‘Be yourself. Everyone else is taken’ - Oscar Wilde
It was 2015 and we were researching a host of new and exciting material for our Trend 2020 series of events. These one-day summits were to be held across the world featuring Landi Jac and myself and a host of magnificent experts in what was coming in the next five years. This included alternative currency, robotics, nanotech and a bunch of new topics but one thing reigned clear. The future was going to be the age of #Youism. This means the expectation was for everything to be able to be individualised to your personal preferences.
We hashtagged the word and started spreading the news.
Ladies (or men), imagine turning up at someone’s wedding wearing the exact same clothes as one of the other patrons. Would you be horrified? Many of you would. Our ability to individualise our personal brand, home, company and life has never before been as profound, nor more in vogue.
We are incredibly unique from each other. Whilst Fingerprints and Retina Scans are ways to protect what we have through our uniqueness, nothing is so unique as our DNA.
Watson and Crick discovered the complexity of the makeup of DNA in the 1950’s, which led to Watson’s book; ‘The double helix’ in 1968. Since then our DNA has been through all sorts of tests to prove our individuality. Whilst many credit the original discovery to Swiss-born Friedrich Miescher in the 1860’s it is obvious that the Egyptians and Sumerians knew about DNA thousand’s of years ago, with evidence of some genetic style experiments that they carried out.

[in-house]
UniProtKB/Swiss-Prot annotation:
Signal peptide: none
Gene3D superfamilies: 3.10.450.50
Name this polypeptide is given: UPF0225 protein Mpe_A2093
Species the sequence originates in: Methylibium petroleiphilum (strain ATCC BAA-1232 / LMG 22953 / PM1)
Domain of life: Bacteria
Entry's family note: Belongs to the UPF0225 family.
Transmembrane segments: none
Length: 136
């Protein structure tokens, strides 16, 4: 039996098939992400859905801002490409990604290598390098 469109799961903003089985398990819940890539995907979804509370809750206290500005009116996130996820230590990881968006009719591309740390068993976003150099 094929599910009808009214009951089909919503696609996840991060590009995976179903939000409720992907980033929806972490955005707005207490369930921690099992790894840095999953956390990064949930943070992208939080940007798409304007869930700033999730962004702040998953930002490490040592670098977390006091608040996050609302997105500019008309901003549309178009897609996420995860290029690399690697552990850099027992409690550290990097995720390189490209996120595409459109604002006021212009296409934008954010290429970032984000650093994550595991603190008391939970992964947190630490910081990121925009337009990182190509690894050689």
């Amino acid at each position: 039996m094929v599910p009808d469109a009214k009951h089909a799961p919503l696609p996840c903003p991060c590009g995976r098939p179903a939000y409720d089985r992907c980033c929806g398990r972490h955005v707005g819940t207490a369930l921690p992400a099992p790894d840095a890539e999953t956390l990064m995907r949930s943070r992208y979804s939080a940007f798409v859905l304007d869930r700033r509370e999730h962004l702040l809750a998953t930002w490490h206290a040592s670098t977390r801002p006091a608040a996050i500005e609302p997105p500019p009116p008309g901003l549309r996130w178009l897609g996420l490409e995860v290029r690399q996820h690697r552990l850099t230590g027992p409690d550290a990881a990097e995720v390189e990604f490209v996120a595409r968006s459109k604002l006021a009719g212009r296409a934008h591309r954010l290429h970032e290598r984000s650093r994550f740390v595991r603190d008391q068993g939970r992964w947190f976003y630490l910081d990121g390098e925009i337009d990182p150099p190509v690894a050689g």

Landi and I were in a small Bed & Breakfast outside Inverness in Scotland. At breakfast we sat with a couple from Philadelphia. He was an African American lawyer. We asked why they were in Scotland and he said to trace his genealogy. The look on my face amused him as he said: ‘Yeah I know I’m a black guy but I’m Scottish.’ He went on to tell us that on doing his DNA test he found out he was only about 15% African American whilst he was in fact 60% Scottish and about 20% Arabic.
We were sold.
We did our DNA tests for our heritage and whilst mine was no surprise, mostly Celtic and 30% Viking, Landi my partner was very unique. The issue of being born in South Africa, which is a melting pot of humanity saw her as 30% Viking also, she does have blonde hair and blue eyes, but also 1 or 2% Khazakstani, Bantu (an African tribe) and Tongan. We later traced her roots from the Sami Eskimo tribe in Lapland, through Viking journeys to France and finally to South Africa as part of the French Huguenot exodus from France. We had a lot of fun with tracing the paths of our ancestors. It reminded me very much of an exercise we did at one of our events.
We asked people to solve this puzzle.
‘If you have two parents, four grandparents, eight great grandparents and so on, and every generation was twenty-five years apart (so your parents had you at 25 and their parents them
at 25), from 500 years ago until now, how many people have contributed to your DNA?’
The answer was rarely solved in the time allowed. 524,288 is the answer.
A half a million people.
Then we asked people to consider all the wars, famine, natural disasters, illness, murders, death at childbirth and problems that occurred between the 16th century and today and our